The Alban Hills (Colli Albani/Monte Albano), a 15-km (9-mile) semicircle of hills outside Rome, Italy was previously considered an extinct volcano. However, a new study finds the volcano operates on a 31 000-year cycle of eruption and dormancy and is now starting a new eruptive cycle. The eruption, expected in the next 1 000 years, could generate massive, far-reaching clouds of smoke and ash, and send rocks raining on nearby cities, according to study authors.
In recent years, scientists have observed new steam vents, earthquakes and a rise in ground level in the hills and the surrounding area. These observations, along with new evidence of past eruptions and satellite data, indicate Colli Albani is starting a new eruptive cycle. Previous research shows that in past eruptive cycles the volcano unleashed both low blasts of hot ash and lava that rolled down the volcano’s slopes at tremendous speeds.
Fabrizio Marra, a volcanologist at the National Institute of Geophysics and Volcanology in Rome and lead author of the new study, said: "The remains of Colli Albani’s ancient eruptions suggest that under the right circumstances the volcano has the potential to be as destructive as Mt. Vesuvius, which destroyed Pompeii in 79 A.D."
The center of Rome is about 30 km (19 miles) away from Colli Albani and would only be severely affected by the eruption if the wind blew in the right direction, but the city’s suburbs reach all the way to the base of the volcano and could be devastated by the event, Marra said.
Although a massive eruption of Colli Albani is not likely for another millennium, Marra said he hopes the new research is a wake-up call for closer monitoring of the volcano, AGU reports.
Lake-filled Albano maar is part of the Alban Hills (Monte Albano) complex immediately SE of Rome. The Cavo scoria cone rises beyond the far rim. The Monte Albano complex contains a large Pleistocene stratovolcano with a 10-km-wide caldera. Subsequent eruptions occurred from a new 5-km-wide central cone and from many phreatomagmatic craters and cones within the caldera and on its outer flanks. The youngest dated magmatic eruption occurred during the late-Pleistocene, but the possibility of Holocene phreatic eruptions has not been excluded. Photo by Ichio Moriya (Kanazawa University).
According to the Global Volcanism Program (Smithsonian/USGS), a large, 10 x 12 km (6.2 x 7.45 miles) wide, caldera of the Colli Albani complex, formed during an eruptive period with six major explosive eruptions producing at least 280 km3 of ejecta between about 560 000 and 350 000 years ago. Reported historical eruptions during the Roman period are uncertain, but seismic swarms of up to two years duration have been recorded since Roman times.
Geologists began to suspect something was happening around Colli Albani 20 years ago when they noticed the hills had risen unexpectedly. In volcanic regions, this usually means a bubble of magma is forming beneath the surface, pushing the ground upward. An earthquake swarm, which shook Rome from 1991-1995, plus the recent appearance of a steam vent near Rome’s international airport, sparked an investigation into the area’s potential danger.
In the new study, scientists determined the age of rocks from past eruptions and studied satellite images of the land around Colli Albani to determine its eruptive history. The study also found that rather than being extinct, the volcano operates on a 31 000-year cycle of eruption and dormancy.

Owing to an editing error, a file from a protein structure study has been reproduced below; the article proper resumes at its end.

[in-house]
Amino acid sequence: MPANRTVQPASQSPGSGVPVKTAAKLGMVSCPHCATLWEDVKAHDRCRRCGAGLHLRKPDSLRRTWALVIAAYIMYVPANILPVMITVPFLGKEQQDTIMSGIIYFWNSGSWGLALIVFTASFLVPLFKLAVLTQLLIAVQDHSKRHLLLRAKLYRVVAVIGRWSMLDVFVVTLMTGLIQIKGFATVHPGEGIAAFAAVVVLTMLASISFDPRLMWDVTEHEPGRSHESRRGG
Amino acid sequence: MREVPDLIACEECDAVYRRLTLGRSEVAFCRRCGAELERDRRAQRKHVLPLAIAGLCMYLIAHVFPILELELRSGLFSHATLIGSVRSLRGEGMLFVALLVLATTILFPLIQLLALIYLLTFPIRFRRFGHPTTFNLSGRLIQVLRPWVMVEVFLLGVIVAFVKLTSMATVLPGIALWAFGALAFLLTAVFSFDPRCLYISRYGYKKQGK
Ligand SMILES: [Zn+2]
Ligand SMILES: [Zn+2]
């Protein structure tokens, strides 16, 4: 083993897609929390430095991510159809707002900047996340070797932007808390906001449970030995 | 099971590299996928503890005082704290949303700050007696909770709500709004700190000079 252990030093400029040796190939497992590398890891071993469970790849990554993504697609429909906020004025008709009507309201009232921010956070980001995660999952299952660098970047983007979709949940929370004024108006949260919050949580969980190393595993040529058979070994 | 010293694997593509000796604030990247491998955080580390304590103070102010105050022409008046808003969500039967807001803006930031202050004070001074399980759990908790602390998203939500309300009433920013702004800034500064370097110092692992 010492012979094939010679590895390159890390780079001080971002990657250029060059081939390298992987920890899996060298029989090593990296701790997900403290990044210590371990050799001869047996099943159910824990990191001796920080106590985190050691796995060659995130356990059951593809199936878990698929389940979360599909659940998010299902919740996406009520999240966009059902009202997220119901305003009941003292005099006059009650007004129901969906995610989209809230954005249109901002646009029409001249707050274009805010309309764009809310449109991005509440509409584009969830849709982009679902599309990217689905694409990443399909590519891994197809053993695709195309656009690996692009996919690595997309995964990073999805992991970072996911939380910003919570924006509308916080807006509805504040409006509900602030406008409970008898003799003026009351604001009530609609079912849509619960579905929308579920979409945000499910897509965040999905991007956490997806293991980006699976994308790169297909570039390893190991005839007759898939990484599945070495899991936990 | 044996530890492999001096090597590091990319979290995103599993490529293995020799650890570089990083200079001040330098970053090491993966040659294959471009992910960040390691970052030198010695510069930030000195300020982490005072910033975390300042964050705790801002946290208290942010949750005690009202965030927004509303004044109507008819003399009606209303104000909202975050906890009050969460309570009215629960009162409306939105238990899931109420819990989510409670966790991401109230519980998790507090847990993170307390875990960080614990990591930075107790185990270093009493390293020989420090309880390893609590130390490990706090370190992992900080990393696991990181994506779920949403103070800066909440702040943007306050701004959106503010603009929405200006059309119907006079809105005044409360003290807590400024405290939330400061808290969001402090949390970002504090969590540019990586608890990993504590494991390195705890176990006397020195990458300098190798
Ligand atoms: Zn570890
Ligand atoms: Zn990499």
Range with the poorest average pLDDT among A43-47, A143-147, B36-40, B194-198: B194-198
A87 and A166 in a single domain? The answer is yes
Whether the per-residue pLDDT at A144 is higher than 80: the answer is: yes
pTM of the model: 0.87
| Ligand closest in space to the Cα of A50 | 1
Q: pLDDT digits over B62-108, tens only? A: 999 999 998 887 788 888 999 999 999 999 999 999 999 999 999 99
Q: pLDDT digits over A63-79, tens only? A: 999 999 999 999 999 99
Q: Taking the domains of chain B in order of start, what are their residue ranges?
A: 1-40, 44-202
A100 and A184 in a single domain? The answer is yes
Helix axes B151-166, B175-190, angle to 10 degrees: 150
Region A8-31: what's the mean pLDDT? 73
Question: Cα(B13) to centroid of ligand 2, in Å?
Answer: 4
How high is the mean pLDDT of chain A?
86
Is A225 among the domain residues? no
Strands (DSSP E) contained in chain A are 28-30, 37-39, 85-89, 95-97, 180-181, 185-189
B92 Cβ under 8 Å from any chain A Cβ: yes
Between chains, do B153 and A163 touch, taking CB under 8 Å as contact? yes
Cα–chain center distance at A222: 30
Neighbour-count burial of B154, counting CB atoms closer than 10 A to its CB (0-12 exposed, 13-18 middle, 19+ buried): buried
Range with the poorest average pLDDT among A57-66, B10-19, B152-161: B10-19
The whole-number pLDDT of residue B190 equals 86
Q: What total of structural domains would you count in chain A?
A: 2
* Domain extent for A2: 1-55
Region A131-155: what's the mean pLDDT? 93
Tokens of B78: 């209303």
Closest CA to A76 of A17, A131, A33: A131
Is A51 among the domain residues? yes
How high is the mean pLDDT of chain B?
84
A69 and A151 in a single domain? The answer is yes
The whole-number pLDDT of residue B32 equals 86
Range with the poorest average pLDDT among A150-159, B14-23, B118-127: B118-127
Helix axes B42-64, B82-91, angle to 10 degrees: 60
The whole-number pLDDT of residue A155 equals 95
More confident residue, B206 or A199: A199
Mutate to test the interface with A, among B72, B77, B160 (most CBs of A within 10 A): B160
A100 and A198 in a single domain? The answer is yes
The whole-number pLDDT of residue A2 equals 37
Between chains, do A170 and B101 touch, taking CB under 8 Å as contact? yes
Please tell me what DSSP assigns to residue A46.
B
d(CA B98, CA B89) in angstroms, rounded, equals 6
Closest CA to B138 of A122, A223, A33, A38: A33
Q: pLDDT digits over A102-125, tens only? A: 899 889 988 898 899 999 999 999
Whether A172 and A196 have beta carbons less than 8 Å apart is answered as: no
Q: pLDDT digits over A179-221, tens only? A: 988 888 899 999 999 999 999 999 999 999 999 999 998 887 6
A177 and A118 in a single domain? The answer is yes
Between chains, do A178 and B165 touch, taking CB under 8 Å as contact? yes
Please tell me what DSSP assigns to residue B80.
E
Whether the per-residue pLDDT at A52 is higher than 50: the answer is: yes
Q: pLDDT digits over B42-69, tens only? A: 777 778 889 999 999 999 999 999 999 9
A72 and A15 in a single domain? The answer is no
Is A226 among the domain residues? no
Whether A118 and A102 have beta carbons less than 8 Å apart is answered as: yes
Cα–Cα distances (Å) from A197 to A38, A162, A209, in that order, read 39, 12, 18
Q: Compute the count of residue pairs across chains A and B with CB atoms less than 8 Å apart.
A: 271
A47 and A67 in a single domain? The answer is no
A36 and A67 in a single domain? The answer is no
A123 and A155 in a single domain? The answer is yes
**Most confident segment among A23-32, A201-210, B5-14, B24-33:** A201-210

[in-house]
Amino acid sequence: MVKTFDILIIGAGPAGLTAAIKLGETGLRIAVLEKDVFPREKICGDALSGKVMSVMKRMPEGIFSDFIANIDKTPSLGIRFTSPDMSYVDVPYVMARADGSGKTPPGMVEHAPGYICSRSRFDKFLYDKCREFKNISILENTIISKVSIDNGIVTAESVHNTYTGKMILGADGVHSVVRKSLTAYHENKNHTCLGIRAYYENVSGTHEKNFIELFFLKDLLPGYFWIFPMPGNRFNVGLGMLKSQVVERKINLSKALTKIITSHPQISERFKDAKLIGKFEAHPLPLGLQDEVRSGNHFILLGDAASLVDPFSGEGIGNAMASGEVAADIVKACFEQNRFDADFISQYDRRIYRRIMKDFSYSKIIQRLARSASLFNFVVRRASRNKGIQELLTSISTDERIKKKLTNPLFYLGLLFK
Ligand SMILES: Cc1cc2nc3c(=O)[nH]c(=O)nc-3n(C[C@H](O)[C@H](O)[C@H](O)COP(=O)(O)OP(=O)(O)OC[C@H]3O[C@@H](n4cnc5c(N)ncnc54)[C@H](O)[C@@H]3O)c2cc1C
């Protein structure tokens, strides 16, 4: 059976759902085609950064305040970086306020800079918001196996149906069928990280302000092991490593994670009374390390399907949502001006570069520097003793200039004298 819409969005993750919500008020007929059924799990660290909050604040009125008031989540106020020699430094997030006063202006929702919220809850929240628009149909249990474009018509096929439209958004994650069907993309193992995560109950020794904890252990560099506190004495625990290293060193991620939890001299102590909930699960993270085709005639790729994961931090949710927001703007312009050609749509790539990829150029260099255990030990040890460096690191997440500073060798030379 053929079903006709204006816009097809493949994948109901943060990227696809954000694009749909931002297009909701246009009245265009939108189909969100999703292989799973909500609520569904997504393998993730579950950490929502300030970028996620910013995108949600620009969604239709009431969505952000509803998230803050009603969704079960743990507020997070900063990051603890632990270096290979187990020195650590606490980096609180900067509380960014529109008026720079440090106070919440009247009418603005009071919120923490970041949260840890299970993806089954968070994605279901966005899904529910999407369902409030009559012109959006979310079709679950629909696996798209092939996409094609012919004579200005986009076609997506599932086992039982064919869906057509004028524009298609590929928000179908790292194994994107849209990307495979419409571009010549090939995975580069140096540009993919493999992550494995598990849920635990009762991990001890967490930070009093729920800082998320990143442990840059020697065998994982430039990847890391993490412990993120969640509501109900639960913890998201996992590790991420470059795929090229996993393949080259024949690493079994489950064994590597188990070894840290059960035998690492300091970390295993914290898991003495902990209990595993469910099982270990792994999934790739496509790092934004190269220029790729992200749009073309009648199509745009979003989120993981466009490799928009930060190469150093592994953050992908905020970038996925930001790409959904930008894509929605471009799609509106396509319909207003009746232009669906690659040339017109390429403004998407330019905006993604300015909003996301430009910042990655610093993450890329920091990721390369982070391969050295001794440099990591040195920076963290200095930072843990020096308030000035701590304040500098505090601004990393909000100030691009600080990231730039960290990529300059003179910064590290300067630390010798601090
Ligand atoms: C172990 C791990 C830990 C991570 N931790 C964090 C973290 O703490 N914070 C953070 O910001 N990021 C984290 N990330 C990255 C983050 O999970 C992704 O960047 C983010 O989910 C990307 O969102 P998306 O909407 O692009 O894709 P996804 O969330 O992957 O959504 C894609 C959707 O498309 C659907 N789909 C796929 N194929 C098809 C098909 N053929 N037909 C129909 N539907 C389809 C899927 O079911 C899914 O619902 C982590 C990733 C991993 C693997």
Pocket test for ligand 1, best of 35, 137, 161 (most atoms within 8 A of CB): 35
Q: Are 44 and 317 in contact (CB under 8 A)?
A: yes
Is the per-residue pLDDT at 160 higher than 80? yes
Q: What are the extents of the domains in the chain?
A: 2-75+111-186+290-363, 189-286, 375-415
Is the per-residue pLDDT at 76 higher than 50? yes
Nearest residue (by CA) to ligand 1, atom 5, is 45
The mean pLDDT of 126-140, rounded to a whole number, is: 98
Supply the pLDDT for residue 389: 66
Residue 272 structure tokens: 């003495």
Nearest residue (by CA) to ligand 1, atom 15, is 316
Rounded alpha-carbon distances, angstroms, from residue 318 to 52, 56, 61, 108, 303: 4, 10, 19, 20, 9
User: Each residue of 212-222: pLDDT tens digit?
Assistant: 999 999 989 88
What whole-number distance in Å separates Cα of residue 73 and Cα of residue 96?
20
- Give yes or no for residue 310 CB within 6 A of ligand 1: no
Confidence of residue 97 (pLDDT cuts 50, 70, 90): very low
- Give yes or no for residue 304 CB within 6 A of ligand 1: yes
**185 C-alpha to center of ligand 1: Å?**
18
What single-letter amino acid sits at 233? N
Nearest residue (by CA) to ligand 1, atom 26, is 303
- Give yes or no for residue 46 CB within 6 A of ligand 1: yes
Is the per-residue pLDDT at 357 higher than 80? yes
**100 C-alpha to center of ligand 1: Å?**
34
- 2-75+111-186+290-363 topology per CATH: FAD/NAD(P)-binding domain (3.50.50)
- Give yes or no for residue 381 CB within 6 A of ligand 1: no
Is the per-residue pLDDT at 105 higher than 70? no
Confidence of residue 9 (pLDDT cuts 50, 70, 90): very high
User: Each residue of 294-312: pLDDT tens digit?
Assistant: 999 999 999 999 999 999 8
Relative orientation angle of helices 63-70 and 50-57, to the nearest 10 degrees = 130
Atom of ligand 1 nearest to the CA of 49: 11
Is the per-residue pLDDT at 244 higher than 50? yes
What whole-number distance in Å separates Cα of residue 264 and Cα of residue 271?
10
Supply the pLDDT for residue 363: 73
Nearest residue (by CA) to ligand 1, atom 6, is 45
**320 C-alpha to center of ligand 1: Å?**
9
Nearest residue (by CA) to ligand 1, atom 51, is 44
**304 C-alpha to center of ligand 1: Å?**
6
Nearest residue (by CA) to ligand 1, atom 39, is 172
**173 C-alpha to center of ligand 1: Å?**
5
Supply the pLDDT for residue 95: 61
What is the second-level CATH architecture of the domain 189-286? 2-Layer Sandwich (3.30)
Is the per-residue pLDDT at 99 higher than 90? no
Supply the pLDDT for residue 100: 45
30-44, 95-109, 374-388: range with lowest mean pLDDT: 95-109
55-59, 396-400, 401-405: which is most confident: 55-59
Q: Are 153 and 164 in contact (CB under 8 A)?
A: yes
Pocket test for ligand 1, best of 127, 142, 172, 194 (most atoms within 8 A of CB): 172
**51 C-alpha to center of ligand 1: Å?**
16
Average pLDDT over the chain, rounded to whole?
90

The volcano’s cyclical nature is due to the unusual underlying geology of the region, Marra said. Periodically, a giant “bubble” of pressurized magma forms under Earth’s crust, forcing its way upwards into a fracture between two pieces of land. At Colli Albani, two pieces of land forming the fracture above the magma bubble are being pressed together by the surrounding geology, keeping the magma bubble from erupting.
The most visible sign of this magma bubble is an increase in height of the hills and the surrounding area as the bubble pushes up from underneath the ground. Over the last 200 000 years, the land around Colli Albani has risen by 50 meters (164 feet) as magma bubbles form and vanish, the team estimates. The land is continuing to rise more than 2 millimeters (0.8 inches) a year, indicating the underground bubble of magma is likely still growing, according to the study’s authors.
The new study finds the fracture keeping the magma bubble underground has changed over the last 2 000 years. Now, instead of the land being pushed together, the two pieces are sliding against one another. When the land shifts, the pressure over the bubble is released and the magma has the opportunity to erupt to the surface—which is what the study’s authors suspect is happening now.
The Alban Hills. Credit: Renato Clementi
The volcano last erupted 36 000 years ago, meaning Colli Albani is overdue for an eruption, but Rome is not in any immediate danger, Marra said.
Although the area is showing signs of volcanic activity, he estimates the next serious eruption isn’t likely to occur for another 1 000 years and will be preceded by more moderate volcanic activity—the formation of a cone, for instance.
“We expect for sure some initial stages which may not be so explosive, but it may evolve in time,” he said.
- "Assessing the volcanic hazard for Rome: 40Ar/39Ar and In-SAR constraints on the most recent eruptive activity and present-day uplift at Colli Albani Volcanic District" - F. Marra, M. Gaeta, B. Giaccio, B. R. Jicha, D. M. Palladino, M. Polcari, G. Sottili, J. Taddeucci, F. Florindo, S. Stramondo - Geophysical Research Letters (AGU) - July 12, 2016 - DOI: 10.1002/2016GL069518
- Dormant volcano near Rome is waking up - blog post published in AGU's GeoSpace
- About Alban Hills - GVP
Featured image: Panoramic views of the Colli Albani Volcanic District, south of Rome. Credit: Fabio Florindo